Food, Drug and Cosmetic Act
In the States, medical devices are regulated by the Food, Drug and Cosmetic Act. Then called the Food and Drug Act, it was the first piece of legislation to result from investigative journalism, namely a novel titled “The Jungle” by Upton Sinclair. Sinclair described the filthy conditions of pre-WWI Chicago stockyards and the contamination of our food supply. You can still buy the book, a heart-wrenching, stomach-punching period piece, for $5.95. Sinclair published The Jungle in 1906, and the Food and Drug Act was passed in 1923. In 1933, as part of the ‘New Deal’, legislation was introduced to expand the Act to cover medical devices; the expansion passed in 1938.
Adulteration and Misbranding
The Food and Drug Act set forth two simple concepts that still govern medical devices today—adulteration and misbranding. Adulteration speaks to the issue of filth, contamination, or toxins being present in or on a medical device. For example, some devices use water during the manufacturing process. The water must be pyrogen free or the finished device will probably be contaminated with pyrogenic material. Pyrogens cause an intense fever spike when they get into the body—an unwanted medical occurrence for any device.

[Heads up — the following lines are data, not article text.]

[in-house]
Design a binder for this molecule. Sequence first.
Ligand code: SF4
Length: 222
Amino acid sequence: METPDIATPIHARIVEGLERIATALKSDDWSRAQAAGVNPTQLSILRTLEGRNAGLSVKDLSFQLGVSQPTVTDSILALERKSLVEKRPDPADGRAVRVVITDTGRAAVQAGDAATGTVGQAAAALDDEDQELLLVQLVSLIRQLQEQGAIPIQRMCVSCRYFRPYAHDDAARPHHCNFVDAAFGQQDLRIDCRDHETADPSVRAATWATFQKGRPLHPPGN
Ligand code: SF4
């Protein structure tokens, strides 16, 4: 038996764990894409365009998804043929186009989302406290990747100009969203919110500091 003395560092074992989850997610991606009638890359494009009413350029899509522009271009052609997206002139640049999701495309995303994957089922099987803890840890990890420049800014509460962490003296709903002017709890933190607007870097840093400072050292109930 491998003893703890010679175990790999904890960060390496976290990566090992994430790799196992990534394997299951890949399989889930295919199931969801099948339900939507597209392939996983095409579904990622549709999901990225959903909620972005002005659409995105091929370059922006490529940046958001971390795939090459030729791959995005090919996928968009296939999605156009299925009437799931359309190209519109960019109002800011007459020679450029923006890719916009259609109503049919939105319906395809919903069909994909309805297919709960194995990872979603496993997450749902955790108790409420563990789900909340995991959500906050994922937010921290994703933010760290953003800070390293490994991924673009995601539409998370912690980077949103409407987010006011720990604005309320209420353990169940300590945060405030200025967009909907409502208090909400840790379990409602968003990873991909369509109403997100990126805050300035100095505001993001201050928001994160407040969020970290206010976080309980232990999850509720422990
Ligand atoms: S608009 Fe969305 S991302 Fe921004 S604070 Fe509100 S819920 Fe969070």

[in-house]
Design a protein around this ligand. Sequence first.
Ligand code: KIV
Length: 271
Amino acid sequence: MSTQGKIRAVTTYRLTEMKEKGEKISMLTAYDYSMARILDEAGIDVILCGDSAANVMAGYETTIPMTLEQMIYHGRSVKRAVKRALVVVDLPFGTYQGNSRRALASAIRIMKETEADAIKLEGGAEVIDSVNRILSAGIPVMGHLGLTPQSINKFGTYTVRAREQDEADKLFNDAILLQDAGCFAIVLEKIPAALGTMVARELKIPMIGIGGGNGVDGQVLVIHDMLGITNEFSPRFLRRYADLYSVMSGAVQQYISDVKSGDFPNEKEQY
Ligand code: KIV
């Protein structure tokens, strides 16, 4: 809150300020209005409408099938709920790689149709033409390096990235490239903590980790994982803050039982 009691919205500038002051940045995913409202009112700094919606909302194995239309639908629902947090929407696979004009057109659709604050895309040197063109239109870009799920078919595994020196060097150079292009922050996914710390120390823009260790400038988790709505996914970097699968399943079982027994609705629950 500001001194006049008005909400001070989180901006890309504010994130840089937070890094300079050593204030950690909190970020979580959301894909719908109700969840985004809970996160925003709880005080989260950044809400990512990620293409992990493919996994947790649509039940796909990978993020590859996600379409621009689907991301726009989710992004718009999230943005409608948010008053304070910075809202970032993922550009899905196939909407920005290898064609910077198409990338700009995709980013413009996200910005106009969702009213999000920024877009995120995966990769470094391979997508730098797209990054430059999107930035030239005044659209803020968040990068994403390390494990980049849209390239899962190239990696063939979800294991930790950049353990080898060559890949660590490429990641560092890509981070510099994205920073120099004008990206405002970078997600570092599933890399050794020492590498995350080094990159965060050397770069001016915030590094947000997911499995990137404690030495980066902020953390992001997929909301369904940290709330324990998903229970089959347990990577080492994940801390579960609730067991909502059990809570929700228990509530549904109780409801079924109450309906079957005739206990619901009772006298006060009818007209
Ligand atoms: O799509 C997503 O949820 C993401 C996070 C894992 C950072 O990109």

Misbranding speaks to the issue of making false or misleading statements. For example, if I say the device can be used to reduce an HIV viral load, but it not cleared for this indication, it is misbranded. If I say it is sharp enough for a surgical cut and it isn’t, it is misbranded.
If I say the knife is sterile, and it isn’t, it is both adulterated and misbranded. CDG Workshops & e-Conferences: Introduction to Medical Device Regulation: US.